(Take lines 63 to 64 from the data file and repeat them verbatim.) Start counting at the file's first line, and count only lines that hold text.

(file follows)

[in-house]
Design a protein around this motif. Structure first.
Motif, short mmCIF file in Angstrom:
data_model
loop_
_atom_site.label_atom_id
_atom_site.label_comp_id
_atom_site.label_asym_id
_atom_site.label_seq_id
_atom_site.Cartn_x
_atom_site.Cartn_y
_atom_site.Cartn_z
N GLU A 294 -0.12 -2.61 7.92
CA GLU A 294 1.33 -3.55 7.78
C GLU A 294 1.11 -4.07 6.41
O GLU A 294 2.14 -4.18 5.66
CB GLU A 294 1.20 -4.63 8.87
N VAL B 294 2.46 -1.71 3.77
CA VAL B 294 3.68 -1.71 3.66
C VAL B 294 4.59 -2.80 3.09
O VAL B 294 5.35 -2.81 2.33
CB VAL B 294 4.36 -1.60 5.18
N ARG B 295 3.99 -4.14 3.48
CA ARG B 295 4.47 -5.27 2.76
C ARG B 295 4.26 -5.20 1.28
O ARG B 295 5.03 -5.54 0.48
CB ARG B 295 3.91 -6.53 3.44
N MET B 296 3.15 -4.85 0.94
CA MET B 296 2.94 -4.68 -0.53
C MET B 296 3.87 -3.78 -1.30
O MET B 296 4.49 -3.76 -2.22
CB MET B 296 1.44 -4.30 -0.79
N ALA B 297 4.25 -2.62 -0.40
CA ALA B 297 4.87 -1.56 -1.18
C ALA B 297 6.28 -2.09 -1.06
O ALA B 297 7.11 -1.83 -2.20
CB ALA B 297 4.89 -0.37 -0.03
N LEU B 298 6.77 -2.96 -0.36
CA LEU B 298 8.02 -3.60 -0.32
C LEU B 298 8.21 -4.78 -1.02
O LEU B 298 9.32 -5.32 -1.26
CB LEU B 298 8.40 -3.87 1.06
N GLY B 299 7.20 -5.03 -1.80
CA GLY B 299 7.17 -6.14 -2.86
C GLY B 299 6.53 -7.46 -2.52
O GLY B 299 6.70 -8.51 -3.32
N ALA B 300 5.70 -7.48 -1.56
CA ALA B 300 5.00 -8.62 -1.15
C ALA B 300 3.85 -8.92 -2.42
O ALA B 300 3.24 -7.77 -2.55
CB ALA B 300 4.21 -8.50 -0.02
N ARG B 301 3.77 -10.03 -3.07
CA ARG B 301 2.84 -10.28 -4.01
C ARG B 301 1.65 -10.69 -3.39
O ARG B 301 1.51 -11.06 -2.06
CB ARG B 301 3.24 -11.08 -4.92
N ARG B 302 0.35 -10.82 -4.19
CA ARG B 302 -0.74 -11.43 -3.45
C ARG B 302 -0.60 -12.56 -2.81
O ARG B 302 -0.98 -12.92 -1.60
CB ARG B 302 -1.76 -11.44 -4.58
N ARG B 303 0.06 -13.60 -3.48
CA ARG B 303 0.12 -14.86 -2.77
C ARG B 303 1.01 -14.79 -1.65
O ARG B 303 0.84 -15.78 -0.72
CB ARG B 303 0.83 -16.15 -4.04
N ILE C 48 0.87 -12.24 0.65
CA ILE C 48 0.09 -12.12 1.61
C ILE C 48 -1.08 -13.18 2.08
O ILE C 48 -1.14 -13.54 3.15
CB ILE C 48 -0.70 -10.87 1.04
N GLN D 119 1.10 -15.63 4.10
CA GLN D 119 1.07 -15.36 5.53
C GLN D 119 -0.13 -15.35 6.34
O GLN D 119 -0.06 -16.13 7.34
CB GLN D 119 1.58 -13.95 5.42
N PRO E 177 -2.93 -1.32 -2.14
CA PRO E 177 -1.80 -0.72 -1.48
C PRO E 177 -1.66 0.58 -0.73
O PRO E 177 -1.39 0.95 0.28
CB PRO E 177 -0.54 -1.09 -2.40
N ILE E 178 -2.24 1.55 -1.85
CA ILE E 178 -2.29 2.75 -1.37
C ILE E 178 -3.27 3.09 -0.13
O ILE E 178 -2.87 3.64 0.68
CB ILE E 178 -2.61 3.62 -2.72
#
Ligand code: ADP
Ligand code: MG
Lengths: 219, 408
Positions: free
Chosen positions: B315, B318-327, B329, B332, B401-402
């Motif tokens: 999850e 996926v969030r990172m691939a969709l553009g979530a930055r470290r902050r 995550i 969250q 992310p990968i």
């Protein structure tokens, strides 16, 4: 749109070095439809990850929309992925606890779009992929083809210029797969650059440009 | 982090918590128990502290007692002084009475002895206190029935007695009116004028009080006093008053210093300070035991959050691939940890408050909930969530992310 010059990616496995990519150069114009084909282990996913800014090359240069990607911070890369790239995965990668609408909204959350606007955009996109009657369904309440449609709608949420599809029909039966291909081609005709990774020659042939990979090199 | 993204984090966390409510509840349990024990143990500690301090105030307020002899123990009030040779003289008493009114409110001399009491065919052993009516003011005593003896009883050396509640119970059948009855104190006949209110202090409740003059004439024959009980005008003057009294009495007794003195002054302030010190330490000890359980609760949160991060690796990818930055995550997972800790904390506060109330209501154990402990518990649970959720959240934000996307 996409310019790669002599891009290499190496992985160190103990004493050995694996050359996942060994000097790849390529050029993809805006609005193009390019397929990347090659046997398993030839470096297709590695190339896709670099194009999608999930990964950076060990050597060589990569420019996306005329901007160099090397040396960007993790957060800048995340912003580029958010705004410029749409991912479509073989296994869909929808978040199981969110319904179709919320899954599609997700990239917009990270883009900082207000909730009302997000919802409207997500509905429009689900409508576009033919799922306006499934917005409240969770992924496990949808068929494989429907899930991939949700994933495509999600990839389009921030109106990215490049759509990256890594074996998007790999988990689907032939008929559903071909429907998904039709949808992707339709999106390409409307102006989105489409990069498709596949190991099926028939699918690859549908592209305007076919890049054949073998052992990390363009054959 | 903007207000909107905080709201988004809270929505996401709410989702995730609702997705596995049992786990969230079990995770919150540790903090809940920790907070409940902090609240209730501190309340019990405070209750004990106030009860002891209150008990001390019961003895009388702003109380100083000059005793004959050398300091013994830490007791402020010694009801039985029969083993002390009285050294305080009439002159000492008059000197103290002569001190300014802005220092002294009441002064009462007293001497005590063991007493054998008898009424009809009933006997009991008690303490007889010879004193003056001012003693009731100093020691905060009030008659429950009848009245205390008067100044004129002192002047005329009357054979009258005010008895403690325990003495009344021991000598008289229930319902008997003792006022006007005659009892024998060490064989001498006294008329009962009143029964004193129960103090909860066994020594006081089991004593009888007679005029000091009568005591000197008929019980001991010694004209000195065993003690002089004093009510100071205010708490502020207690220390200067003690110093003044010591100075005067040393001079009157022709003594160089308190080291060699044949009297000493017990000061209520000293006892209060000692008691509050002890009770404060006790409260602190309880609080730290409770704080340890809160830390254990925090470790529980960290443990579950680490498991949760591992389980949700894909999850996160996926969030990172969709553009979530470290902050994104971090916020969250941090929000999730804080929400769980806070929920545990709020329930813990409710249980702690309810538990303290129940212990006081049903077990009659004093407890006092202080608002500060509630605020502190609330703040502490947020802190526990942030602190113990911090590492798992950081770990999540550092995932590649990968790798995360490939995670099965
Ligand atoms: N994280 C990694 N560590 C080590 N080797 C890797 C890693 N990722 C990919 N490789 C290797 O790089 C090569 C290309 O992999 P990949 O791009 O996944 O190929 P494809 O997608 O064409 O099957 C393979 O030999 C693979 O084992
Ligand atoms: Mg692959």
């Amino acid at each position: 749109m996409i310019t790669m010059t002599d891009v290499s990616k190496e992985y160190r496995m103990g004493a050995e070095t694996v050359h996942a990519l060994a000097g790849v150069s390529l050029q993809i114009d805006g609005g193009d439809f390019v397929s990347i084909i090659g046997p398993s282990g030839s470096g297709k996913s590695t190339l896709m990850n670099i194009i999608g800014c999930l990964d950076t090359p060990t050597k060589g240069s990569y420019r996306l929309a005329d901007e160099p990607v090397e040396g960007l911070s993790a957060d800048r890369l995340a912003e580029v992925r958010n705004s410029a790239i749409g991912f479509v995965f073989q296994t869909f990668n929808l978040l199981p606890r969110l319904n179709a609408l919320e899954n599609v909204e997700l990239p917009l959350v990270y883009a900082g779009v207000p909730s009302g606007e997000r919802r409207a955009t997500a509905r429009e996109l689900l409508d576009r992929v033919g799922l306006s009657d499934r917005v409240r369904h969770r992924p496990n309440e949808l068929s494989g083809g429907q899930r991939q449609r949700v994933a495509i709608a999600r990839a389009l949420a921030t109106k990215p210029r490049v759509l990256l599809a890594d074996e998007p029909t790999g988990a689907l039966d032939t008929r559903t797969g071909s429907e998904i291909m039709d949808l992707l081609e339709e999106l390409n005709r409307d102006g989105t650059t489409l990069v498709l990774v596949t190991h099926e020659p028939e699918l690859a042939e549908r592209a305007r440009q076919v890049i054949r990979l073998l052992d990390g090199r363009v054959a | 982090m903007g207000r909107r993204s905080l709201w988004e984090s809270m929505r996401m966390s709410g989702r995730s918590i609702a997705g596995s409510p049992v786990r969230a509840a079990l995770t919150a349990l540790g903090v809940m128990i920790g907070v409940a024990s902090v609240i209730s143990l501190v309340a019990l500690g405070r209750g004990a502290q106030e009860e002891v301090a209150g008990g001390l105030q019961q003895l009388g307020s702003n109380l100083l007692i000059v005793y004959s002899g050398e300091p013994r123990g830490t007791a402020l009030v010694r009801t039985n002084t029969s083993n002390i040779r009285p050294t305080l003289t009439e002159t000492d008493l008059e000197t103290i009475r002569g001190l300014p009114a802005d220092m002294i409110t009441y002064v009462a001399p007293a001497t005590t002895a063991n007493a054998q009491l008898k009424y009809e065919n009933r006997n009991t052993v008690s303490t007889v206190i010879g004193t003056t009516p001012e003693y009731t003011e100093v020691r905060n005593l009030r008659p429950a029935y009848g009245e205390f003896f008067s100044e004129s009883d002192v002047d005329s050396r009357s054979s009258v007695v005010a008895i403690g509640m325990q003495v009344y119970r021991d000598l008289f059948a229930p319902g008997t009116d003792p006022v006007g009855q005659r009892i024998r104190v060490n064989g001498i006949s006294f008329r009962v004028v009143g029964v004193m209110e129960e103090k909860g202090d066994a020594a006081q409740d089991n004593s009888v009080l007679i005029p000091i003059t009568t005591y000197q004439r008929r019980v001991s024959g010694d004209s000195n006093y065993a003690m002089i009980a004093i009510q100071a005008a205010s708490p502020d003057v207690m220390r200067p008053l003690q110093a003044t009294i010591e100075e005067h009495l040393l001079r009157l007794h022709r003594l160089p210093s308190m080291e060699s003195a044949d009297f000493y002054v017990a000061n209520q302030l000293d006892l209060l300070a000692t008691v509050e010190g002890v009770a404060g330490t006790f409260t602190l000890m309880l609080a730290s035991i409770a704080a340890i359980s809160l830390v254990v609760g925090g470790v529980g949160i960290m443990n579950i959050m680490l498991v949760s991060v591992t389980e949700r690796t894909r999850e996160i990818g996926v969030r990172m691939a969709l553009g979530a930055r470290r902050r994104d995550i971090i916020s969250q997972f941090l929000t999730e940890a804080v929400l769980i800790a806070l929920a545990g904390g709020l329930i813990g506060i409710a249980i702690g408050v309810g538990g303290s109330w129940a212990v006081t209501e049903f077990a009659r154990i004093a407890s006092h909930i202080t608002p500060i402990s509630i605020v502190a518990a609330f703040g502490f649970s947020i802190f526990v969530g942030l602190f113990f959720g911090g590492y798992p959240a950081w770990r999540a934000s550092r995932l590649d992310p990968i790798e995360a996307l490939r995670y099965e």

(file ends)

CA ARG B 303 0.12 -14.86 -2.77
C ARG B 303 1.01 -14.79 -1.65